A slip and fall case is winnable. It’s important to know, though, that these are very difficult cases to win. The fact is, most of the time, when a person falls, he or she is able to get right back up and back to their daily lives. You may have a bruised ego or a bump on the head, but you are overall okay. This is not the type of slip and fall case that you can win in most cases. However, when you are suffering due to this type of injury and it isn’t your fault it occurred, it may be possible you have a case that can be won. The question is, what does it take to win this type of case?

A $1.2 Million Verdict Says It’s Possible

As proof that a slip and fall case can be won, consider the Scott County jury that awarded a woman $1.2 million in February of 2014 (read the whole case here). The woman fell on ice at a hotel. The ice was on a private walkway. How did she obtain this type of award?

The difference here is in the details. When Ms. Alcala slipped on the ice it was only after the hotel, the Marriott Bettendorf, had plenty of opportunity to do something about it. The woman sued under the premises liability law. Here are some of the key reasons she won her case:

  • The attorneys tracked down 2 additional customers who were at the hotel at the same time. They put these customers on the stand as well. Both stated that ice was present and very slippery.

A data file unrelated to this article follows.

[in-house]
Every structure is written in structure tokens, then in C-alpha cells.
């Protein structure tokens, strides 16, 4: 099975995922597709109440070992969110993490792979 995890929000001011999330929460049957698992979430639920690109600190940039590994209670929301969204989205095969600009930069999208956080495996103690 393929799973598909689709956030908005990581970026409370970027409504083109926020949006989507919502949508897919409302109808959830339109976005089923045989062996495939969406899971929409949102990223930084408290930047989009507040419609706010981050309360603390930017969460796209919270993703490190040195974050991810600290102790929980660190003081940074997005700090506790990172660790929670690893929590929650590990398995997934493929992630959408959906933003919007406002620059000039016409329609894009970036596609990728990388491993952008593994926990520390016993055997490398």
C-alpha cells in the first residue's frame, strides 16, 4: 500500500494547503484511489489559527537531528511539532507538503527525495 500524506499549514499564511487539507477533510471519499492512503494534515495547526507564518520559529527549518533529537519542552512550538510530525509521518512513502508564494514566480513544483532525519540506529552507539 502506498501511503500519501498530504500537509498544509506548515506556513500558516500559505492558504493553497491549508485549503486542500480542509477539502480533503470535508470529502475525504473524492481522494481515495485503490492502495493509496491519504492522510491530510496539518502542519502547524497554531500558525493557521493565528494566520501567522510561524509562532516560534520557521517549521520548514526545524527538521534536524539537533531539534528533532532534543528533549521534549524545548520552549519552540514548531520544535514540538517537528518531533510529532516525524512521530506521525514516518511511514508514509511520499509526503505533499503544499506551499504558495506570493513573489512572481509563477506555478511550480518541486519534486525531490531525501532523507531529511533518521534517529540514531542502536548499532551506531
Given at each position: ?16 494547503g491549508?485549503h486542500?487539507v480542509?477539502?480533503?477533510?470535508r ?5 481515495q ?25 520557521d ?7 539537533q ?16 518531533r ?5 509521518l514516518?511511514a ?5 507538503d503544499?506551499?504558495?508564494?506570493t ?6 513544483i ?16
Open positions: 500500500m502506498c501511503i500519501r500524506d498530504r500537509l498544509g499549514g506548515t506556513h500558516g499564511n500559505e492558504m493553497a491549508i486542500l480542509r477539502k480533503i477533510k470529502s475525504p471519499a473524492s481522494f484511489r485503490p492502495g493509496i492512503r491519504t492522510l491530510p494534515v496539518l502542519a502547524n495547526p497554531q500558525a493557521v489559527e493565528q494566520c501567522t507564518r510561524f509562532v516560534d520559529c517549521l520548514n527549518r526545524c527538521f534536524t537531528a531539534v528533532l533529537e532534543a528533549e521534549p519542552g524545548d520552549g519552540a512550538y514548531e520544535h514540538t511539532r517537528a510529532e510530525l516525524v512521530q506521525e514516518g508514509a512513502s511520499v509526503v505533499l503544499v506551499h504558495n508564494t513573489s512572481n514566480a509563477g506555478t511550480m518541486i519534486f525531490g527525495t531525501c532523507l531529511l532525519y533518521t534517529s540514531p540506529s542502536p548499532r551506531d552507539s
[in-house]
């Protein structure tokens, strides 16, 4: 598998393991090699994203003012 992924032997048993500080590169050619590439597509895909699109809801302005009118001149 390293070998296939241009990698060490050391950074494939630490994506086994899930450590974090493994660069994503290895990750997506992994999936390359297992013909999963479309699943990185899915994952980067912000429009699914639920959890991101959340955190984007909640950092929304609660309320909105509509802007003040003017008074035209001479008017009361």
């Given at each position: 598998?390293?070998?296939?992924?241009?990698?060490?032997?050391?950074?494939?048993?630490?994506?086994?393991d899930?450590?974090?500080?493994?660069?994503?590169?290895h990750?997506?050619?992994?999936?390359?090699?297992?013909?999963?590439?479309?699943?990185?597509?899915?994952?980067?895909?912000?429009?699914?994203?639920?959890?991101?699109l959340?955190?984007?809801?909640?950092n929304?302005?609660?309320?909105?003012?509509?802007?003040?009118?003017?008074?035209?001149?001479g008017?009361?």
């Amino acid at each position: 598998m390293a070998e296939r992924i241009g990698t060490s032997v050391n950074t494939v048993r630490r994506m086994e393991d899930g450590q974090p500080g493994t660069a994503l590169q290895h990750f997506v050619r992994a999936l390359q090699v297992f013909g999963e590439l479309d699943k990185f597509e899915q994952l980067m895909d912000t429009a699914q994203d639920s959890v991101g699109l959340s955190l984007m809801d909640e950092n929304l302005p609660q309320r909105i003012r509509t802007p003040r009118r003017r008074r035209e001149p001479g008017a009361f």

• Attending paramedics who responded to the scene to help the woman after her fall had to apply their own salt to avoid falling.
  • The woman suffered significant damage. She shattered her right ankle as a result of the incident. This required two surgeries to fix. And, she later developed arthritis as a result. The woman now walks with a limp.
  • She suffers from chronic pain, can no longer travel, and had to change her work times (with a pay cut) as the result of the accident.

Proving Fault Saves The Day

As you can see, there are several key things that make this a stand-out case when it comes to slip and fall matters. The hotel had ample opportunity and advanced knowledge of the ice occurring and being present. They knew that leaving the ice there put others at risk but did not otherwise improve the condition to allow for someone to walk safely. This helped prove negligence. To do so, the risk had to be present, had to be something the hotel knew about, and had to be something they didn’t try to fix to avoid the problem.

The second factor is that she suffered significantly and long term losses. As mentioned, a bruise isn’t going to help you to win your case, but this type of medical limitation and long term implication does.

In short, to win a slip and fall case, you need to prove these two factors are present. With the right attorneys and the right overall factors in the case, it is often winnable.